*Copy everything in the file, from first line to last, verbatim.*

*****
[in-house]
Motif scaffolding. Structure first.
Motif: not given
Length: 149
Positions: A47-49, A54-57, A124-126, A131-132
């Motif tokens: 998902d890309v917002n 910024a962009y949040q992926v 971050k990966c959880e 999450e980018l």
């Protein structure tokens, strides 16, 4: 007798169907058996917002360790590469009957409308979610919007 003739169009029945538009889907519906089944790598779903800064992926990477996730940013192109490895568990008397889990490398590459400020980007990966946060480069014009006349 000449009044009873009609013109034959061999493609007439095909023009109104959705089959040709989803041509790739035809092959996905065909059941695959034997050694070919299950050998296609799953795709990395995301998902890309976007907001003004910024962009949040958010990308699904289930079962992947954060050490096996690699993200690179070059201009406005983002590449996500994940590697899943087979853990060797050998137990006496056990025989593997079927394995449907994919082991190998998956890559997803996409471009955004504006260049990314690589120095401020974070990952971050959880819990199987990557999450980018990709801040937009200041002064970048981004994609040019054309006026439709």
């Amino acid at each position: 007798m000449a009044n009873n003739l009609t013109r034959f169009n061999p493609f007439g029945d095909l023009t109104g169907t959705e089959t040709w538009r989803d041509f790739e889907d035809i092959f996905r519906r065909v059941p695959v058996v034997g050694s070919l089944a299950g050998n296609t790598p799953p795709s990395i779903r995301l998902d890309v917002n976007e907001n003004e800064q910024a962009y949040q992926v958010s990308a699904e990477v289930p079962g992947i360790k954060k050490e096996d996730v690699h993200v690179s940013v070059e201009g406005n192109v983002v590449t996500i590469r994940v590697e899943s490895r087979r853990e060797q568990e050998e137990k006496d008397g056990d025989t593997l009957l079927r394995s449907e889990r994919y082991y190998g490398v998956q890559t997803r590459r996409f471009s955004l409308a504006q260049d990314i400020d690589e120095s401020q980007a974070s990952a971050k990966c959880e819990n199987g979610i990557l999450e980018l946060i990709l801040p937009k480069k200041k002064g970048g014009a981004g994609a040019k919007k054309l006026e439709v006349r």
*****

[in-house]
Motif scaffolding. Structure first.
Motif: not given
Length: 149
Positions: A47-49, A54-57, A124-126, A131-132
């Motif tokens: 998902d890309v917002n 910024a962009y949040q992926v 971050k990966c959880e 999450e980018l």
């Protein structure tokens, strides 16, 4: 007798169907058996917002360790590469009957409308979610919007 003739169009029945538009889907519906089944790598779903800064992926990477996730940013192109490895568990008397889990490398590459400020980007990966946060480069014009006349 000449009044009873009609013109034959061999493609007439095909023009109104959705089959040709989803041509790739035809092959996905065909059941695959034997050694070919299950050998296609799953795709990395995301998902890309976007907001003004910024962009949040958010990308699904289930079962992947954060050490096996690699993200690179070059201009406005983002590449996500994940590697899943087979853990060797050998137990006496056990025989593997079927394995449907994919082991190998998956890559997803996409471009955004504006260049990314690589120095401020974070990952971050959880819990199987990557999450980018990709801040937009200041002064970048981004994609040019054309006026439709």
């Amino acid at each position: 007798m000449a009044n009873n003739l009609t013109r034959f169009n061999p493609f007439g029945d095909l023009t109104g169907t959705e089959t040709w538009r989803d041509f790739e889907d035809i092959f996905r519906r065909v059941p695959v058996v034997g050694s070919l089944a299950g050998n296609t790598p799953p795709s990395i779903r995301l998902d890309v917002n976007e907001n003004e800064q910024a962009y949040q992926v958010s990308a699904e990477v289930p079962g992947i360790k954060k050490e096996d996730v690699h993200v690179s940013v070059e201009g406005n192109v983002v590449t996500i590469r994940v590697e899943s490895r087979r853990e060797q568990e050998e137990k006496d008397g056990d025989t593997l009957l079927r394995s449907e889990r994919y082991y190998g490398v998956q890559t997803r590459r996409f471009s955004l409308a504006q260049d990314i400020d690589e120095s401020q980007a974070s990952a971050k990966c959880e819990n199987g979610i990557l999450e980018l946060i990709l801040p937009k480069k200041k002064g970048g014009a981004g994609a040019k919007k054309l006026e439709v006349r």